El Salvador safety tips
In this post, I would like to answer the most common questions concerning safety in El Salvador.
Most travelers ask us the same questions before they come to El Salvador – and of course, we understand that you are concerned about certain things.
You’re always welcome to write us a message if you have more questions.
Is it dangerous in El Salvador?
El Salvador has its problems, but to 99%, it’s not affecting tourists. The other 1% is the typical risk that you have if you travel to developing countries. El Salvador has serious problems concerning social inequality, gang crime, and poverty.
But that’s one reason more for us to keep our idea going and let the local people be part of our project. We strongly believe that sustainable tourism is one of the possibilities to improve the life of Salvadorian people.
If you feel unsafe, book a travel guide. In general, you should use your common sense as always.
Don't be too flashy!
There’s no need to show everyone your newest Iphone, especially in places where are many people around you.
Don't walk alone in the dark!
Especially avoid when you are in areas that you don’t know.
Ask locals you trust!
If you’re not sure about specific trips and where to go, ask someone at your hostel or hotel where you are staying.
Don't go hiking alone!
You’re not Indiana Jones! Even if it is sometimes nice being alone, always join a group when you’re going for hike.
Be aware of the traffic!
Some car driver’s don’t respect pedestrians or cyclists as you might know it from your home country!
Anyway, we recommend you to read the to official travel advice about the safety in El Salvador, for example:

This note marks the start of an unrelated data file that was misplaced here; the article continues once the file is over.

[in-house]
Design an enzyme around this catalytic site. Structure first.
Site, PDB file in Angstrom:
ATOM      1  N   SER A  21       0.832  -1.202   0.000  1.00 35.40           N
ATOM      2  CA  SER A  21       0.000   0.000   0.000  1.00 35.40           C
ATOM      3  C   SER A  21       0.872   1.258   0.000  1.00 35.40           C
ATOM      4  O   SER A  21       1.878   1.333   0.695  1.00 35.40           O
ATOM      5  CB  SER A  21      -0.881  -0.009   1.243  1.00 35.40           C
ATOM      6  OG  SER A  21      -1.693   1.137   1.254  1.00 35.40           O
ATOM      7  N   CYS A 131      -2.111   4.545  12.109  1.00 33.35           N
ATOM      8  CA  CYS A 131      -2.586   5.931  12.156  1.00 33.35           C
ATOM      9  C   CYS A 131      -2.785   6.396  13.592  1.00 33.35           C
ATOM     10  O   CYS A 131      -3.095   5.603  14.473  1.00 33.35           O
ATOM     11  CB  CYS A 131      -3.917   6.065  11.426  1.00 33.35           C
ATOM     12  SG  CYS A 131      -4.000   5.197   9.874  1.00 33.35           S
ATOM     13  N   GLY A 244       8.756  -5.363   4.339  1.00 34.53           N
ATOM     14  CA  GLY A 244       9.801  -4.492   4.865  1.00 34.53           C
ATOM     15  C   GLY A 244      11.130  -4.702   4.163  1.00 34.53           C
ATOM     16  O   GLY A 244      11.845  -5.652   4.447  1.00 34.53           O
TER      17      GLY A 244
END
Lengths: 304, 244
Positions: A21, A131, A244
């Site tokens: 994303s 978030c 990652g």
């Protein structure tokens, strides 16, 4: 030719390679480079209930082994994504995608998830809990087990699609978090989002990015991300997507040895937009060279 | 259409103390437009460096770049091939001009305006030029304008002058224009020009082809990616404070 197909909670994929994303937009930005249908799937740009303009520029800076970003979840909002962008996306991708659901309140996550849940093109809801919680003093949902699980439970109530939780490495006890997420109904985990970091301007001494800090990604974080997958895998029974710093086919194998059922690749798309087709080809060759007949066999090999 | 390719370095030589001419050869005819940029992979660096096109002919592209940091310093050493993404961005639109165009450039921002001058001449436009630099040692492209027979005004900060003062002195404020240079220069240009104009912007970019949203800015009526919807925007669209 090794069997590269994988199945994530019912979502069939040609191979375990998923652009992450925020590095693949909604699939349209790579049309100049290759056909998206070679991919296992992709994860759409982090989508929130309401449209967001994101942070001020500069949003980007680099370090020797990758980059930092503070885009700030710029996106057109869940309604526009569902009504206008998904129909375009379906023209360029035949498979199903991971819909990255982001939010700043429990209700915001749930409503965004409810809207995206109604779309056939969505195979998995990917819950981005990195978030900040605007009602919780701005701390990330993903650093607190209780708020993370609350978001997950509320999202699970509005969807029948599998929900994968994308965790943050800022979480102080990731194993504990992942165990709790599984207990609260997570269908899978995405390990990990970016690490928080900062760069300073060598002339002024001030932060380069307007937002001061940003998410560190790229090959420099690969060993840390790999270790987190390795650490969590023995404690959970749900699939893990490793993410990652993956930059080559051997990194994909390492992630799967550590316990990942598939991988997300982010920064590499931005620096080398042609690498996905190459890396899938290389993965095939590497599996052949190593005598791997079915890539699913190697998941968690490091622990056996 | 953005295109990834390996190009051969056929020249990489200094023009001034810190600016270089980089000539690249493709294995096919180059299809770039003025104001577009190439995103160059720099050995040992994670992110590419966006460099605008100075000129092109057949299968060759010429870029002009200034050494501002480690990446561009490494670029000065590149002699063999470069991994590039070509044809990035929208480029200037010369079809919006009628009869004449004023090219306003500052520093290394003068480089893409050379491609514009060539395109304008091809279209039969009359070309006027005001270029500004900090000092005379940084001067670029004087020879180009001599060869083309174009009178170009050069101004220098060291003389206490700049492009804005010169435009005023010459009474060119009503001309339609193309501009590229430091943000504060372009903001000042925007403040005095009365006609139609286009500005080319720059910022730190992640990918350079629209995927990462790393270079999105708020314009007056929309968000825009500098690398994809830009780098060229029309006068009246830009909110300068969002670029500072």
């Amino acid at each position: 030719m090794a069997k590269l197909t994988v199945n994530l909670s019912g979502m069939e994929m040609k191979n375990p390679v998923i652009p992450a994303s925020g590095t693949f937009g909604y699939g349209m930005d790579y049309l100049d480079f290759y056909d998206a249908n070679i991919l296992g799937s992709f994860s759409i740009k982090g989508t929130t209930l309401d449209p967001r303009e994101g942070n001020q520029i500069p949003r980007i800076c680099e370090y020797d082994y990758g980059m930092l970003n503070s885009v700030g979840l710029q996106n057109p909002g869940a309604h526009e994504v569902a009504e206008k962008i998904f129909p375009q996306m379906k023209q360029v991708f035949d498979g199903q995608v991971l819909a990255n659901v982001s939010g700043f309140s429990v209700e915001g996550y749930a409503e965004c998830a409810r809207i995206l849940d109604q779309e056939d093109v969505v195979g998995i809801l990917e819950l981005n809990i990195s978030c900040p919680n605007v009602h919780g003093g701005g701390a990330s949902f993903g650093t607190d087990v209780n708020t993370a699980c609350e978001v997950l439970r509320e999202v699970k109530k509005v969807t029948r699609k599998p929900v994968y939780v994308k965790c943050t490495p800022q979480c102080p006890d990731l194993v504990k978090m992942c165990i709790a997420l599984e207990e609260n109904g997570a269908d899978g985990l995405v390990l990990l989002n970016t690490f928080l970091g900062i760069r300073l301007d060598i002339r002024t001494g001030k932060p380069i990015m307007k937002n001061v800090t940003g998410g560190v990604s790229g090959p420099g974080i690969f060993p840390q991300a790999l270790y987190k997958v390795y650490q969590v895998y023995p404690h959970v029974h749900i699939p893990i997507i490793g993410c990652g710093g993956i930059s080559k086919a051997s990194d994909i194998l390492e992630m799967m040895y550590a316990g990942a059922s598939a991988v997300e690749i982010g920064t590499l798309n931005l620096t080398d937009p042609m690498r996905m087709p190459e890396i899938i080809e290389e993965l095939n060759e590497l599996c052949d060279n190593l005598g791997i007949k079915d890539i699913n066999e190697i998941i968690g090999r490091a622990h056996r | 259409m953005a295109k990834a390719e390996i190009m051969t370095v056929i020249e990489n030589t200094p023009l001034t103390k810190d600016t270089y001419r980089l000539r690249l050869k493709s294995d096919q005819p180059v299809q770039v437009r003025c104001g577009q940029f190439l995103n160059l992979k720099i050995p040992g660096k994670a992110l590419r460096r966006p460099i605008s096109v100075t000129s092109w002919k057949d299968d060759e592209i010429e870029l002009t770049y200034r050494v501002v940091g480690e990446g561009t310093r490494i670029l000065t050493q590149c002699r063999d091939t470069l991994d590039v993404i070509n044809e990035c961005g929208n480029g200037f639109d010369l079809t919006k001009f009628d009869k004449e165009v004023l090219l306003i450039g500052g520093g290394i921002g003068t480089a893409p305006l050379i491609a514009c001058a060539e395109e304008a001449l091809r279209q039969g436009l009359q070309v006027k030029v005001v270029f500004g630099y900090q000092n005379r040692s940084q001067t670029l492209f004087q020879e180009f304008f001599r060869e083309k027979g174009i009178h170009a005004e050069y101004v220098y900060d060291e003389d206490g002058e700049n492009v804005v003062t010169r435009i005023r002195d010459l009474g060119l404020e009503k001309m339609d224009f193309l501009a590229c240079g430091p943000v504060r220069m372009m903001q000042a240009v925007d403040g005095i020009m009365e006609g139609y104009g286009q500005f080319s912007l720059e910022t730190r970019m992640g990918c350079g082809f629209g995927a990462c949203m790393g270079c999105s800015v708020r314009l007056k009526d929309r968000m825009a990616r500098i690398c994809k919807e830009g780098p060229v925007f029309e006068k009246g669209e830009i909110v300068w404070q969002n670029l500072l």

But don’t get scared! We want to let you know the whole picture. Visit us, and don’t skip El Salvador! Angela from the USA, for example, visited us with her six-year-old son Derek in July 2019 to get to know El Salvador.
Isn’t El Salvador one of the most violent countries in the world?
The statistics are awful, and concerning the homicide rate, El Salvador is under the Top 10 for decades. Just reading the statistics, you probably will decide not to travel to El Salvador.
As you might have heard, gang crime is the worst problem in El Salvador. Gang violence is responsible for a big part of the homicides in El Salvador. But the situation improved significantly in the last few years!
Also, there’s a lot of domestic violence against young girls and women, unfortunately. But you have to be very unlucky and in the wrong place to get caught in a gunfight between gangs. Again, as a tourist, you should feel safe in El Salvador!
The new president, Nayib Bukele, has made some serious progress fighting crime, and safety in El Salvador has improved. The government wants you to be safe as a tourist, and the daily violence in this country is mainly not affecting tourists.
Tourist places like El Tunco, El Zonte, and Suchitoto are safe in general.
Safety in El Salvador: Travel alone as a woman?